Common eBay Scams for First Time Sellers to Avoid Part 2

Thousands of eBay transactions happen successfully every week, but there are a minority of scammers out there looking to take advantage of sellers. New eBay sellers are, of course, more vulnerable to being tricked with less experience and knowledge of the most common scam scenarios. An unfortunately necessary sequel to the first part last year, here is another set of scams to be aware of when selling on eBay. Be sure to read part 1!

Payment by check

There are only a few eBay categories that allow payment by check. The reason why checks are restricted is simple enough; they are fairly easy to counterfeit. Though a check may initially be accepted by a bank, it can actually take weeks to finally clear despite the funds being released. Before this, it could bounce or be reversed due to fraud. If a buyer asks to send a check for an item not in an category where checks are allowed, the seller is taking a big risk by accepting it as they have no transaction protection and also risk being suspended.

How to avoid the scam: The easiest way to avoid this scam is to specify that you do not accept check as a payment method when listing the item. If you are going to allow payment by check, advise the buyer that it will take a number of weeks for the check to clear and so they would have to wait a long time for their item to be sent out. If the buyer is legitimate, they will likely offer a different type of payment at this stage. A scammer is unlikely to be heard from again if questioned.

Fake item returned

eBay’s Money Back Guarantee continues to be manipulated by scammers in a number of new ways. One scam that is especially difficult for sellers to prove fault involves the buyer returning an item claimed to be “significantly not as described” as per the MBG. An item is indeed sent back, but not the real one. The box is empty, full of rocks or the buyer has purchased a low value item online (e.g. fragrances) to send direct instead. The buyer uploads the tracking number to eBay in order to prove they sent “the item” back.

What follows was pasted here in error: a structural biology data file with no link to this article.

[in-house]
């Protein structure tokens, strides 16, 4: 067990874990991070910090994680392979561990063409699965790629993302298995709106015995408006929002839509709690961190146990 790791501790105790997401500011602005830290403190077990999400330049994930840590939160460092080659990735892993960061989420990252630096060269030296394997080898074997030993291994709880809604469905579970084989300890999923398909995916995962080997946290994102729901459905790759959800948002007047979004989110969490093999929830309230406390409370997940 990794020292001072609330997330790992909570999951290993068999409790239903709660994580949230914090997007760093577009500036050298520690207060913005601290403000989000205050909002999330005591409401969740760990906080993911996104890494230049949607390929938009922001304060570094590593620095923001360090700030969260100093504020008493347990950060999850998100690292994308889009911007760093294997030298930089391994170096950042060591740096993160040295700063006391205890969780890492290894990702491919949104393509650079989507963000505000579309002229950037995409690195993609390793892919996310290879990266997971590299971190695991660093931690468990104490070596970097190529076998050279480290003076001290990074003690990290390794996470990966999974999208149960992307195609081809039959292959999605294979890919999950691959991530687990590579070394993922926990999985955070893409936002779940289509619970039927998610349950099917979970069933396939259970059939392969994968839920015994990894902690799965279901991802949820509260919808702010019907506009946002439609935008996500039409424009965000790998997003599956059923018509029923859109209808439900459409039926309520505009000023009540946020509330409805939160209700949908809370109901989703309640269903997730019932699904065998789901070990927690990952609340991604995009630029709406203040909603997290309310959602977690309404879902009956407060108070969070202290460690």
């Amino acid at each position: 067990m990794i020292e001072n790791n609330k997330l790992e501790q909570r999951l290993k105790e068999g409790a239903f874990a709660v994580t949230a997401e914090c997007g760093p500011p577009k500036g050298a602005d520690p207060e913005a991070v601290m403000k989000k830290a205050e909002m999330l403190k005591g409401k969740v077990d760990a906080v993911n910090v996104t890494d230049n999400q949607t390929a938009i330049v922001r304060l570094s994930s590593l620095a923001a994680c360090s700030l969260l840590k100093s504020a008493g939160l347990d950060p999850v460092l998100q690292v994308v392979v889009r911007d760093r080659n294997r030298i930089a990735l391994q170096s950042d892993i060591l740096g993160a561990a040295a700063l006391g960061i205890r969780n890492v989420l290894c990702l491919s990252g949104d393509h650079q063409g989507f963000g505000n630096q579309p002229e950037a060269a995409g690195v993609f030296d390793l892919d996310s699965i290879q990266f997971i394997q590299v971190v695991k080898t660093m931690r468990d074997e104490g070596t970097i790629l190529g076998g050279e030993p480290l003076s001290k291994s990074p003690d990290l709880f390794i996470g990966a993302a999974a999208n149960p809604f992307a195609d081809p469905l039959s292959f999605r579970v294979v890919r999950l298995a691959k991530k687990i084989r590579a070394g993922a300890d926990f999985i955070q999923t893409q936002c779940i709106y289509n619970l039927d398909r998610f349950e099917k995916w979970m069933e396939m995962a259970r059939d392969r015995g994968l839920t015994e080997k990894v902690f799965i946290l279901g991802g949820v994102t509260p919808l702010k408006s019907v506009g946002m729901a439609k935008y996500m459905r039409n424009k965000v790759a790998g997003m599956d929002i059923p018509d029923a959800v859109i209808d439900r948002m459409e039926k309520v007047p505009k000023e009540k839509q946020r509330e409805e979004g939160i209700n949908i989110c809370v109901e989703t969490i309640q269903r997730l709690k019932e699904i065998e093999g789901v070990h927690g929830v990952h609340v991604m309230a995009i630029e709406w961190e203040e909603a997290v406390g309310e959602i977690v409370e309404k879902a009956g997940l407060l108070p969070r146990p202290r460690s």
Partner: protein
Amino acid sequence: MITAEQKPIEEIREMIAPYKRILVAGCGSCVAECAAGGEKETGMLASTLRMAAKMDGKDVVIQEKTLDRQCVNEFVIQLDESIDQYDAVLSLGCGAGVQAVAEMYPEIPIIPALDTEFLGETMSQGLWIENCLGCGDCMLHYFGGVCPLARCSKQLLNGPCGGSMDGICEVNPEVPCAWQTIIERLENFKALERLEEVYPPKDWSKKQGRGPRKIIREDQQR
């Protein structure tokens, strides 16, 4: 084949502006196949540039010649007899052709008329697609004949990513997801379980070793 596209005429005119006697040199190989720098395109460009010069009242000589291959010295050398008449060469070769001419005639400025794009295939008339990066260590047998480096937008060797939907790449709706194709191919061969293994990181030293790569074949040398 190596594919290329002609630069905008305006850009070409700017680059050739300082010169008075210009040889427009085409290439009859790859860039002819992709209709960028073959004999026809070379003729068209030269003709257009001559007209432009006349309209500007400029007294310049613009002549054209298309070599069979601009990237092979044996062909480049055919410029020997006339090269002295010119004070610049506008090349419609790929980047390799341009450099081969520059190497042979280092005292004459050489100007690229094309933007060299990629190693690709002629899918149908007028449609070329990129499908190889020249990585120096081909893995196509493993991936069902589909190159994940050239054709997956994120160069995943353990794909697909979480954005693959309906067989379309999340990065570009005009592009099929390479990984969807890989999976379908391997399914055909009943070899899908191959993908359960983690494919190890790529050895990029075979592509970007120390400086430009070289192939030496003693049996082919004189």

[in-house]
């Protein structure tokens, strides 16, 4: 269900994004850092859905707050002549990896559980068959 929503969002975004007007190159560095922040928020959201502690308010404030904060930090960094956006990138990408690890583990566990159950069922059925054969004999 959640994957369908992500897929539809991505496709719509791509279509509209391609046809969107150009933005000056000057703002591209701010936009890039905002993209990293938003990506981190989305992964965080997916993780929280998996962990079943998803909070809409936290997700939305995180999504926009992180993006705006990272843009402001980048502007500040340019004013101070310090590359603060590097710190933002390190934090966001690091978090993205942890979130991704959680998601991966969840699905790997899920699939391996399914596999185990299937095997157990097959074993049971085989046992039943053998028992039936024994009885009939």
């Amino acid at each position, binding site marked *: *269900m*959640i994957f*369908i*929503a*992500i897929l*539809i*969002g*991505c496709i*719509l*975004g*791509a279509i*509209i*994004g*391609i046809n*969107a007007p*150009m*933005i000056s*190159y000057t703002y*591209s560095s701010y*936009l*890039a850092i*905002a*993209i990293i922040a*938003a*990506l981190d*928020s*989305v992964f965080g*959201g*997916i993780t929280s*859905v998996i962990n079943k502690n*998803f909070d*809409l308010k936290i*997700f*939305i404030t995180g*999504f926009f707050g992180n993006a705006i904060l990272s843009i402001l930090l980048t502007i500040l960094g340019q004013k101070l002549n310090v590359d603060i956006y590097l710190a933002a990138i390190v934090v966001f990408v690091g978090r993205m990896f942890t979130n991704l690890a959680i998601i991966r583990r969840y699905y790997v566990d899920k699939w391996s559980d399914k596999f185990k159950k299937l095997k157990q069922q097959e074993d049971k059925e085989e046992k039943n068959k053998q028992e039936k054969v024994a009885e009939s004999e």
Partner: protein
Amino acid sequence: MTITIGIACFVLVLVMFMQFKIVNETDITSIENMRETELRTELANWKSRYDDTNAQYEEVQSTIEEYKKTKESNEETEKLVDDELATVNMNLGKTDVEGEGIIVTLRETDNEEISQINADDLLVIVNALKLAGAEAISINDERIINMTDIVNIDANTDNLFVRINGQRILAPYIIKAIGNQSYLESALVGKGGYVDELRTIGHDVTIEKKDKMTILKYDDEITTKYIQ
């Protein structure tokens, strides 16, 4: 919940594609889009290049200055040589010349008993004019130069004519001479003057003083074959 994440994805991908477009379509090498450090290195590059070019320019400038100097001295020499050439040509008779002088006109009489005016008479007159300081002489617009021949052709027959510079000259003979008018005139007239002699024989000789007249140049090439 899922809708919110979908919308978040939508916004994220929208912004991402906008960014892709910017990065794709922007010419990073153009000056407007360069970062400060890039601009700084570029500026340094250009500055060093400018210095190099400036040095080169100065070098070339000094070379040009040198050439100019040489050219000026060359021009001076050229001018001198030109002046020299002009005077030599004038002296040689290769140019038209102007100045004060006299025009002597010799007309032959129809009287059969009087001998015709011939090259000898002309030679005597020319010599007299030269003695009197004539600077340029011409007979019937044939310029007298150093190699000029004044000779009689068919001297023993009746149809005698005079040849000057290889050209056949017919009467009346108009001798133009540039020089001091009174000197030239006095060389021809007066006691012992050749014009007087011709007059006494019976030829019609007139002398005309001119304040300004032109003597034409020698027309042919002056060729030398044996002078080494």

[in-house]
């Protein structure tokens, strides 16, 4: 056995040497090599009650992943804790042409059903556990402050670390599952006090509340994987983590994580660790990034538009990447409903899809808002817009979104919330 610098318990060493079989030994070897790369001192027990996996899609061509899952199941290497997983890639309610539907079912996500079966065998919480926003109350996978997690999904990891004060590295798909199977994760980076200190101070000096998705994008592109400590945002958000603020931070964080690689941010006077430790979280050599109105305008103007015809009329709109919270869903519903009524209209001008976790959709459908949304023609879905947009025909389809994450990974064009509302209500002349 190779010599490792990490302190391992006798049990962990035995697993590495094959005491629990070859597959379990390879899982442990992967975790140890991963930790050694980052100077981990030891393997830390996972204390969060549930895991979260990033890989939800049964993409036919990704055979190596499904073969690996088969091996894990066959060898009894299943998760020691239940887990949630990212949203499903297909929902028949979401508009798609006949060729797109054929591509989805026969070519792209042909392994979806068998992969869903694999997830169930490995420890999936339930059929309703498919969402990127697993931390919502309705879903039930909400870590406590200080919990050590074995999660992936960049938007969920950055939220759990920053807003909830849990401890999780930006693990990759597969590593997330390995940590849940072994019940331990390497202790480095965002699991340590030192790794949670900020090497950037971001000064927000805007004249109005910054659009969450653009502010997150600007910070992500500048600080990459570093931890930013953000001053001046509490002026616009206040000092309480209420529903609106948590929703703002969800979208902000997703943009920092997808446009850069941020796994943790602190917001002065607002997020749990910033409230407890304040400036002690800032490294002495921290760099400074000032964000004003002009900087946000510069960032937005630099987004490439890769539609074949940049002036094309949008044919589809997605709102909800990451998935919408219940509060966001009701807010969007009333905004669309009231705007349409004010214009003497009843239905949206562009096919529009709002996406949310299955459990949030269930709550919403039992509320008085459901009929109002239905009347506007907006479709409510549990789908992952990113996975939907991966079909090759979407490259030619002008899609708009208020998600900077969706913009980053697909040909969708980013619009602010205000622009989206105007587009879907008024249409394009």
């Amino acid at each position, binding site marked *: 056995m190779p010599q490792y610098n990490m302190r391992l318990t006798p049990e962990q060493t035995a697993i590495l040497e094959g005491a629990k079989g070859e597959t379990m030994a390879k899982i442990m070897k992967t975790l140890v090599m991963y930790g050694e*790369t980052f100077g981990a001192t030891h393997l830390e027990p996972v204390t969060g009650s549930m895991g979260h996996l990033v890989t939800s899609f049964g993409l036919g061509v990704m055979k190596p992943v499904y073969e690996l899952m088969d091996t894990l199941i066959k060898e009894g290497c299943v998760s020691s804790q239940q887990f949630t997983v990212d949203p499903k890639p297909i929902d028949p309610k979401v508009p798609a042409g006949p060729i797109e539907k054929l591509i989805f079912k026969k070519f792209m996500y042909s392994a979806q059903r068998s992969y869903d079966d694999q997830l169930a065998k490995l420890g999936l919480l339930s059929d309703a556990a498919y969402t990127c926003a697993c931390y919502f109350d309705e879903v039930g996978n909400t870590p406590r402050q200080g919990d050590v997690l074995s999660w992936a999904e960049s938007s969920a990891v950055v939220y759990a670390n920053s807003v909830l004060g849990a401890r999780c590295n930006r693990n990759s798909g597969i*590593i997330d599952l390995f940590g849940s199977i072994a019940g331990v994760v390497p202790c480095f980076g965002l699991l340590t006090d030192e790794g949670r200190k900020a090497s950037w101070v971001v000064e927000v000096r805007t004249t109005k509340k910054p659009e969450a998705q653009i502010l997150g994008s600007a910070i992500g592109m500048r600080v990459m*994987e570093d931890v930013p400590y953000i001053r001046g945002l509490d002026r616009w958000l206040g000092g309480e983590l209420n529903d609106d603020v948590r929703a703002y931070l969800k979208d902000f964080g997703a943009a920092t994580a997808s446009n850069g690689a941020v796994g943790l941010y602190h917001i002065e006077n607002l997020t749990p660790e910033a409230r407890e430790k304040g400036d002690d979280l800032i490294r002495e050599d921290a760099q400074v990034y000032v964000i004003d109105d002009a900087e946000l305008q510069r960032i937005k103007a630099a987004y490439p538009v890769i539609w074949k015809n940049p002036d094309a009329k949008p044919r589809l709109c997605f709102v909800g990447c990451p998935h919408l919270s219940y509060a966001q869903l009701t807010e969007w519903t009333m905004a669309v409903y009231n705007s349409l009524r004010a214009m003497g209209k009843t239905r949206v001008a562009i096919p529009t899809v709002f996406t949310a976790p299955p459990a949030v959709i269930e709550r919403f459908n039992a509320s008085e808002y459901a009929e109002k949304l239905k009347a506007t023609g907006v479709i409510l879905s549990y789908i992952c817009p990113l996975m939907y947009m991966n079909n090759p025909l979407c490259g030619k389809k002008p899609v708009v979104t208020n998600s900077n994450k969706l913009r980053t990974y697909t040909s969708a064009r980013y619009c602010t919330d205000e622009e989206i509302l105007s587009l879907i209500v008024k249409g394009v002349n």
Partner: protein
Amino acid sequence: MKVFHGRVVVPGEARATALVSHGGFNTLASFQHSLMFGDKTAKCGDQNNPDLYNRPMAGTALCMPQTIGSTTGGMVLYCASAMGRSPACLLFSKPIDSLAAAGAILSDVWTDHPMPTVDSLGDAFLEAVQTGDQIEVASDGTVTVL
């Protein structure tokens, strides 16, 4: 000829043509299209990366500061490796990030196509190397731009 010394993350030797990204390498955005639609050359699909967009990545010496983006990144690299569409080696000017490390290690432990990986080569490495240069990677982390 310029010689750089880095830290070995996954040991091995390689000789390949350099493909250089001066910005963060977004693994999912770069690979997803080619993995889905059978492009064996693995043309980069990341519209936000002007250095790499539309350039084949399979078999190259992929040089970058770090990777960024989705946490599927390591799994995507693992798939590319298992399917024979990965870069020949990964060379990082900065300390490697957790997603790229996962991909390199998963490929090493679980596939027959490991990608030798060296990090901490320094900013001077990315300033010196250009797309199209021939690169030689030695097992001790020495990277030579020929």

How to avoid the scam: Frustratingly, this one is hard to completely stay away from. First, always be aware of unsolicited items in the mail. Second, if something suspicious does arrive, keep the item(s), all packaging and even take photos. The latter is especially helpful as potential evidence to connect the tracking number from the company to the tracking number provided to eBay.

Empty box “delivered”

It sounds like the worst case scenario of any eBay transaction. The buyer receives the item but the box or package is completely empty. Now, maybe the item was really stolen in transit, but it also could be an unscrupulous buyer trying to get a refund alongside their new item. Either way, the best thing to do is a file a police report and then a mail fraud case. Ask the buyer to do the same. eBay may still ask for the buyer’s money to be refunded.

How to avoid the scam: Making sure to get appropriate insurance on each eBay package is essential for this exact scenario and keep all postage receipts. Without insurance, a seller will have no opportunity to recuperate any funds from the mail service if stolen or damaged.

Unauthorized charge claim

What seemed like the perfect transaction can turn sour even when you least expect it. Even if the tracked shipment seems to arrive at its intended destination with no issues, there still may be problems coming. A buyer can claim unauthorized charges via PayPal up to 120 days after their original purchase on the basis of the item being significantly not as described or not being delivered at all. Although there is an evaluation period where a seller can prove that the item sent was appropriately described and/or delivered (with tracking info, photos etc), the money is removed from the seller and put on hold until the situation is resolved.

How to avoid the scam: Always use tracked shipping with signature confirmation. This is the best protection against a buyer claiming that they did not receive the item. The mail service can usually provide a copy of the signature on arrival as evidence. Always document as much information about the item before sending and be sure to pack it properly to prevent damage.

Have you personally been a victim of an eBay scam? Have you heard or experienced any other scams that we should know about?

Gemma is our all things eBay expert. Originally from the UK, she now lives in Canada and travels extensively. You can read about her travels at her blog Off Track Travel.

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